Facilitator Named to Reform NYPD's Stop-and-Frisk Policy

One of his main duties will be to gather information from citizens about how to reform the controversial practice.

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Federal Judge Shira A. Scheindlin at a recent event (Boston Ediscovery Summit YouTube screenshot)

Federal Judge Shira A. Scheindlin on Wednesday named a community facilitator to aid a court-appointed monitor in modifying the New York City Police Department's controversial stop-and-frisk policy, the Daily News reports.

The community facilitator, Nicholas Turner, president of the Vera Institute of Justice, will help police monitor Peter Zimroth develop reforms to the policy, which Scheindlin last month ruled was unconstitutional.

One of Turner's main duties will be gathering information from affected citizens about how the practice should be reformed.

While Zimroth is working with lawyers for the plaintiffs, the city and the NYPD are to come up with immediate reforms to prevent the NYPD from doing stops that are unconstitutional.

The judge ordered Turner to work on longer-term fixes in coordination with community leaders and law enforcement personnel.

That will include convening "'town hall" type meetings in each of the five boroughs in order to provide a forum in which all stakeholders may be heard, the judge ordered last month.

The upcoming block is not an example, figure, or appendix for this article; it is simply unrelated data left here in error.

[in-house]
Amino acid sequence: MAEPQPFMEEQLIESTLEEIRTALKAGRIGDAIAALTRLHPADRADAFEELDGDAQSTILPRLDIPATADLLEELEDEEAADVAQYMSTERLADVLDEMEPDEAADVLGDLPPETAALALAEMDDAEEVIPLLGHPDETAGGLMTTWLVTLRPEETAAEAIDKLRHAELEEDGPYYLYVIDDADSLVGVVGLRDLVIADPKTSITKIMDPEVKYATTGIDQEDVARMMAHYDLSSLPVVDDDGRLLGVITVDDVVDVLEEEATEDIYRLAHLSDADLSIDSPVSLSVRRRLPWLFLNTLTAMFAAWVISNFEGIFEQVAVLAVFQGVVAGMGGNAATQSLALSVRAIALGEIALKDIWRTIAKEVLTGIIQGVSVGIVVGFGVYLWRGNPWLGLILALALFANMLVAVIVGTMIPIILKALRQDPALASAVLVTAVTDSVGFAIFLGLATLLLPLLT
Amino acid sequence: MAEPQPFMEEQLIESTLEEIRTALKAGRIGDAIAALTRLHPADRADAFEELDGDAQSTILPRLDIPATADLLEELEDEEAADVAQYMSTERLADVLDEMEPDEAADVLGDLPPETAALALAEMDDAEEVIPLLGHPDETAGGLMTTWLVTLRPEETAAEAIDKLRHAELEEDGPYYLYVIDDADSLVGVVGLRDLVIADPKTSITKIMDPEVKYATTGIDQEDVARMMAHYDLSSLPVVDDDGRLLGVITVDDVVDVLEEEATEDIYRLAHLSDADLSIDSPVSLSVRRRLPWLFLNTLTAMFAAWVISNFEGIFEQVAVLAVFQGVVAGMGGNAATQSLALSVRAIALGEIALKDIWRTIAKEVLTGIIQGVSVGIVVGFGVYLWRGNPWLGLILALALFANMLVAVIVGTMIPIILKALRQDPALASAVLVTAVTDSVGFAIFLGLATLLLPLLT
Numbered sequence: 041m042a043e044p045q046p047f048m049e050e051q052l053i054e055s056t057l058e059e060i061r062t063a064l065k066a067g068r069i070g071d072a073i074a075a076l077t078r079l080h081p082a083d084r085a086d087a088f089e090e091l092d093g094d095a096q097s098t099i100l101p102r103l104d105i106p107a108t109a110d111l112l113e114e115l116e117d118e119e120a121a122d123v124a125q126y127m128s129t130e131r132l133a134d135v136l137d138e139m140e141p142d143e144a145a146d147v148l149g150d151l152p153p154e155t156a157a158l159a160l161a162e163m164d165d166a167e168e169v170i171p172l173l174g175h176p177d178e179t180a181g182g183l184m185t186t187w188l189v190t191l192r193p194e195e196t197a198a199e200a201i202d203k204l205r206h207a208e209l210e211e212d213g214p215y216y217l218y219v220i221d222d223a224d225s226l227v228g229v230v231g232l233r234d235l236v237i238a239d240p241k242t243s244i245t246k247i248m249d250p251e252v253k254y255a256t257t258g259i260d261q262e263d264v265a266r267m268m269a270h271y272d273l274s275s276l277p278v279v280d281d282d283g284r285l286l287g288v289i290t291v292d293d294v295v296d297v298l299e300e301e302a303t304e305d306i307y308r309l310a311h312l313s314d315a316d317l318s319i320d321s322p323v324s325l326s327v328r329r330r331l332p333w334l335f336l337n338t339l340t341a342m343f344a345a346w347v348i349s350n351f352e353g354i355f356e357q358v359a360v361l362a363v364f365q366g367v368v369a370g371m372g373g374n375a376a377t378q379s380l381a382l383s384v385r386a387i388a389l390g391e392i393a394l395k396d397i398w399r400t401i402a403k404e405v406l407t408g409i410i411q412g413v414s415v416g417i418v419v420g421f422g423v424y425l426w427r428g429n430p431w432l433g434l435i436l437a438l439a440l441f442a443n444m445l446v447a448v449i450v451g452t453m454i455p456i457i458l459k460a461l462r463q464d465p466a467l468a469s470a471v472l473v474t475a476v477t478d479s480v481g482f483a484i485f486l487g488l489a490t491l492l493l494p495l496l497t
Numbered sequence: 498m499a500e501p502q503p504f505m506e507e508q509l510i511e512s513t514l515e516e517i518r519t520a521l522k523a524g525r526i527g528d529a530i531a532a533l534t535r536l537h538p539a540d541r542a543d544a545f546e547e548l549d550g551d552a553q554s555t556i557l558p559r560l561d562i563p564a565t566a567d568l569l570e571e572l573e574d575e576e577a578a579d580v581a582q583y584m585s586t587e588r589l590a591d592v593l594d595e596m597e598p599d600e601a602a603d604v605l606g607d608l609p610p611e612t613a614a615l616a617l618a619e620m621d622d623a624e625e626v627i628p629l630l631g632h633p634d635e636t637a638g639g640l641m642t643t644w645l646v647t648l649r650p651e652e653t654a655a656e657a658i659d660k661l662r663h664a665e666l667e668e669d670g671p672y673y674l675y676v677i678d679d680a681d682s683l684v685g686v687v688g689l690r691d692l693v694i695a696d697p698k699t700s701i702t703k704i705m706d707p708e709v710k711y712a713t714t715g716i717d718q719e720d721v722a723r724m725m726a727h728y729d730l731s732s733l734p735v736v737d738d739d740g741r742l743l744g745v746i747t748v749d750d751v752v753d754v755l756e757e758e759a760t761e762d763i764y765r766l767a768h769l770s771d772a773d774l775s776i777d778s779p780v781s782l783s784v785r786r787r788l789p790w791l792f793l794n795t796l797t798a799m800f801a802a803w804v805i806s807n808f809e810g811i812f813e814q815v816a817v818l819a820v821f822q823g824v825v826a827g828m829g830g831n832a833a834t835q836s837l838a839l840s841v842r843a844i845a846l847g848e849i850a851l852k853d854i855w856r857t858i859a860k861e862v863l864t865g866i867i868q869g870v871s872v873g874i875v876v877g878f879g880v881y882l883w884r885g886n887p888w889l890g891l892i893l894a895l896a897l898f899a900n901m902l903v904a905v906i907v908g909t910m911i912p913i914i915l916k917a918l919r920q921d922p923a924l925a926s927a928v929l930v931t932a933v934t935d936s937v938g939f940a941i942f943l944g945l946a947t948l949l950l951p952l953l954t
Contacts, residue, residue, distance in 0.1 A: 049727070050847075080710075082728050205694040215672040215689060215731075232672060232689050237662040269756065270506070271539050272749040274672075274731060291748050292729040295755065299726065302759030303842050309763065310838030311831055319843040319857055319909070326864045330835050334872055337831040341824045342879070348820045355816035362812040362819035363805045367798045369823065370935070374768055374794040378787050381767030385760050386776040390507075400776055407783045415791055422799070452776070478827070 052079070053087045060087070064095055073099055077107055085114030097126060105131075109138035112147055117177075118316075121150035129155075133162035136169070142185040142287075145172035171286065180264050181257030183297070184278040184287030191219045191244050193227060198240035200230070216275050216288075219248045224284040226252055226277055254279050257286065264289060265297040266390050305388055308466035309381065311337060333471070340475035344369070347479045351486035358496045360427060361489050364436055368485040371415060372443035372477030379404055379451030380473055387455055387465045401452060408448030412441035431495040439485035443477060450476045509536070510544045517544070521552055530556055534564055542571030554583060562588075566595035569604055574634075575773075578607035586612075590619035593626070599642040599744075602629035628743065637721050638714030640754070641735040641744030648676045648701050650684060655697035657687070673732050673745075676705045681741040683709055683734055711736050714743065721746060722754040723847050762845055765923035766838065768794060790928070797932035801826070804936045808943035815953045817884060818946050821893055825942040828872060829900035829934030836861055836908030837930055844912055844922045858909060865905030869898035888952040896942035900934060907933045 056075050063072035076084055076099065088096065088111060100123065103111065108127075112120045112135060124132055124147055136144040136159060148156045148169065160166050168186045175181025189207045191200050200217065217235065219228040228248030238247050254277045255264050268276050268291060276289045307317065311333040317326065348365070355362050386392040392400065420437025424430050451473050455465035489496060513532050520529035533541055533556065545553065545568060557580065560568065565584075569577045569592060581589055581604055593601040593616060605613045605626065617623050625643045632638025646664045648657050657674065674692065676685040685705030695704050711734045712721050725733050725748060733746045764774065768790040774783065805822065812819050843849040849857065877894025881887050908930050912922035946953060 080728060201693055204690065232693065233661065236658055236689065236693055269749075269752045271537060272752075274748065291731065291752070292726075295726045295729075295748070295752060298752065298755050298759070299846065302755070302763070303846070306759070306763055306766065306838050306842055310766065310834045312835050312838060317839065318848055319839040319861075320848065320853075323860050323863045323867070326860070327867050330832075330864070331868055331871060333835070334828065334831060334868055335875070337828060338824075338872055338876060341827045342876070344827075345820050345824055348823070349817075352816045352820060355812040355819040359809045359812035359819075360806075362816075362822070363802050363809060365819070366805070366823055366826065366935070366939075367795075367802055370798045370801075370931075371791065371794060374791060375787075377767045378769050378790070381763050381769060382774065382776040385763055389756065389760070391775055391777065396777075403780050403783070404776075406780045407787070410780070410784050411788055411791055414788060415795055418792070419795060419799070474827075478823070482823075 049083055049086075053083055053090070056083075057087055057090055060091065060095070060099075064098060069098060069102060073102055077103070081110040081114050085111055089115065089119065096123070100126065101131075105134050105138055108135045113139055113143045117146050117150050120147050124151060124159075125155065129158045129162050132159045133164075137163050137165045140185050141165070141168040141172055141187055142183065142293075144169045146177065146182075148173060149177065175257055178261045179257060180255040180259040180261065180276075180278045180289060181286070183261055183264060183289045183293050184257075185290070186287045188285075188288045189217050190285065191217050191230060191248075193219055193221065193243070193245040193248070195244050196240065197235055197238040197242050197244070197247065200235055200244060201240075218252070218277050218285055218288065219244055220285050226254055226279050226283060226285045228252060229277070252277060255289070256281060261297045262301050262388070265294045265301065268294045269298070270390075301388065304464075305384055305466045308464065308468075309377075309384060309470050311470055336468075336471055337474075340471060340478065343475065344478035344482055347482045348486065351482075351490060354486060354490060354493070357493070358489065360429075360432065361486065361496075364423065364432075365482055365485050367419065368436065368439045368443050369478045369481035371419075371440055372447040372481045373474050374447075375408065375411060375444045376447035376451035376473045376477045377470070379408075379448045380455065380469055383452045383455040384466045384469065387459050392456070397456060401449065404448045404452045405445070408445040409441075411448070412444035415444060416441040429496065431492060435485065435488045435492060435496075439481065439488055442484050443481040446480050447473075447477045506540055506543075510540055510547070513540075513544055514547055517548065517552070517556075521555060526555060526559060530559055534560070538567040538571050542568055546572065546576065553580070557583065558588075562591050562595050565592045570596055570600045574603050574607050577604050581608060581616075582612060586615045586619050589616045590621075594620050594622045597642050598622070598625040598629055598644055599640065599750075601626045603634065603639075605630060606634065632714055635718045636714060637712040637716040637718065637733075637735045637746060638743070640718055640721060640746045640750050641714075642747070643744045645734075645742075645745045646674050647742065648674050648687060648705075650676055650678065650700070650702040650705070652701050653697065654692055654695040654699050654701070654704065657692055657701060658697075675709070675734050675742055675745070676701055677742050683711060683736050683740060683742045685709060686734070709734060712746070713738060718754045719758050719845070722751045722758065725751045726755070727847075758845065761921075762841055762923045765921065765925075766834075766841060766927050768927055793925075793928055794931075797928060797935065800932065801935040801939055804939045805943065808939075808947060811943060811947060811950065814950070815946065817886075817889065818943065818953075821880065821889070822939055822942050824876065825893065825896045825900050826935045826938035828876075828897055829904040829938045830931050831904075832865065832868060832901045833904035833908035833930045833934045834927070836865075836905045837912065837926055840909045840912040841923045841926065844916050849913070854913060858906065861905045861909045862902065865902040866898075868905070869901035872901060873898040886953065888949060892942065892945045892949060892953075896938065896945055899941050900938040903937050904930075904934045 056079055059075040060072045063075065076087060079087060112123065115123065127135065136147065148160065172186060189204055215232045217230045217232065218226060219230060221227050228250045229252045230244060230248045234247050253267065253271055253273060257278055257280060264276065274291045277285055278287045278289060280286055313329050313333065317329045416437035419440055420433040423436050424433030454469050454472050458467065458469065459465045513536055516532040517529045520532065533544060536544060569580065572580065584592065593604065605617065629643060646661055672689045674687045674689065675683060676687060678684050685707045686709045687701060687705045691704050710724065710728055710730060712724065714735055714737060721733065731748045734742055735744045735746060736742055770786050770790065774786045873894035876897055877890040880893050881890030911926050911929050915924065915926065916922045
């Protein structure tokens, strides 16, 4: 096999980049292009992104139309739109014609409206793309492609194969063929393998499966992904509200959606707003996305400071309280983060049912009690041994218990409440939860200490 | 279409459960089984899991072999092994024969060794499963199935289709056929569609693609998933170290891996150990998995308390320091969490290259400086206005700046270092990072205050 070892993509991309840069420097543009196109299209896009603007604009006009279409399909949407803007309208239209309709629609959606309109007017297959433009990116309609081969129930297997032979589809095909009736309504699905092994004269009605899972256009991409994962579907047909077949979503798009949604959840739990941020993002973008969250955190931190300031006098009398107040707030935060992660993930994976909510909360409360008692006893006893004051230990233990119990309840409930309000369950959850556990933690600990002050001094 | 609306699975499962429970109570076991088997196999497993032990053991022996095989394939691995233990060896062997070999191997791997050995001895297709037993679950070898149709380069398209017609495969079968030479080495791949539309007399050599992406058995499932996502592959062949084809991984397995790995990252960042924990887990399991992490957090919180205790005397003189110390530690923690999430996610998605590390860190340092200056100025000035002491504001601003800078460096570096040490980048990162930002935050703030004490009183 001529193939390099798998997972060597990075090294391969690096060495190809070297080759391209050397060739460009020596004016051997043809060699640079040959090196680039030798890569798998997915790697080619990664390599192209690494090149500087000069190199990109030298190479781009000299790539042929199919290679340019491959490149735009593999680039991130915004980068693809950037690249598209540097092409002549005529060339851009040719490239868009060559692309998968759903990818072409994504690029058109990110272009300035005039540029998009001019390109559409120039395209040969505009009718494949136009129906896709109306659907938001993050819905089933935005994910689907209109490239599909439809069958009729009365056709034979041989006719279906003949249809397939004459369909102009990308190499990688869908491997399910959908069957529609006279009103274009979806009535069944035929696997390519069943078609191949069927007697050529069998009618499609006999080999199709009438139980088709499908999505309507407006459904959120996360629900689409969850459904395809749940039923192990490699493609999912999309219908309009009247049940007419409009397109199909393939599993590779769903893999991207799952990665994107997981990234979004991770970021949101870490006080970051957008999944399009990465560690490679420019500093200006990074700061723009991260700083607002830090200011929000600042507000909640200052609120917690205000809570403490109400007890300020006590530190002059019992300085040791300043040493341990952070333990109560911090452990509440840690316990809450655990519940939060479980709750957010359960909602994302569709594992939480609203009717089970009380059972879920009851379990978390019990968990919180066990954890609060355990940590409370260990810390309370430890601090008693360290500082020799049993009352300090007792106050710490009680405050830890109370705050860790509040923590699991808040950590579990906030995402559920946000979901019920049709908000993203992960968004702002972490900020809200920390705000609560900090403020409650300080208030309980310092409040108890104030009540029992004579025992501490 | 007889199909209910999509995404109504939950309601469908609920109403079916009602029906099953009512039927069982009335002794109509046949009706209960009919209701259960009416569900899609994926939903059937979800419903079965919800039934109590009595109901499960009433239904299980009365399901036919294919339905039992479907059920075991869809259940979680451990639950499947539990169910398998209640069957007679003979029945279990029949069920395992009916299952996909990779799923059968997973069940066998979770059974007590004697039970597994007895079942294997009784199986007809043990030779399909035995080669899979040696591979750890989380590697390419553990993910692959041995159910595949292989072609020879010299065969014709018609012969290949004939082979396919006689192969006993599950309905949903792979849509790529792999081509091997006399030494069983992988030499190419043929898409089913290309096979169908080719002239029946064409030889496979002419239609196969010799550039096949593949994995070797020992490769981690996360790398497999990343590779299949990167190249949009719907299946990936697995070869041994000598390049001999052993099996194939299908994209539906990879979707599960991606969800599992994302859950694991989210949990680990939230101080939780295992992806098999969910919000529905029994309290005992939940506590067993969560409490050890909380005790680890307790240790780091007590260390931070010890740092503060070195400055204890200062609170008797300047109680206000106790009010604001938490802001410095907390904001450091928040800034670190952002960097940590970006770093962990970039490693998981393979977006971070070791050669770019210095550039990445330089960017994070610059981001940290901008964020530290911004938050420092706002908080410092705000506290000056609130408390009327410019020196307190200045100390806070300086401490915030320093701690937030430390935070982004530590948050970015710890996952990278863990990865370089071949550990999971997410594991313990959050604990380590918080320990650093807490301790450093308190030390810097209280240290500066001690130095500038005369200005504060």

He'll also work "with the parties to develop a time line, ground rules, and concrete milestones" for the proposed reforms, and draft recommendations for Zimroth's consideration.

Scheindlin ruled that police officers have for years stopped innocent people in the streets of New York City without reason. 

The city has asked Scheindlin to stay her ruling finding the NYPD engaged in a pattern of unconstitutional stops and appointing a monitor to make sure the agency reforms its practices. The judge isn't expected to issue a ruling on that request until later this month, after both sides submit filings on the issue, but Wednesday's ruling is an indication that she plans on proceeding full steam ahead.

If she rejects the city's request, lawyers would then be able to ask a federal appeals court for a stay.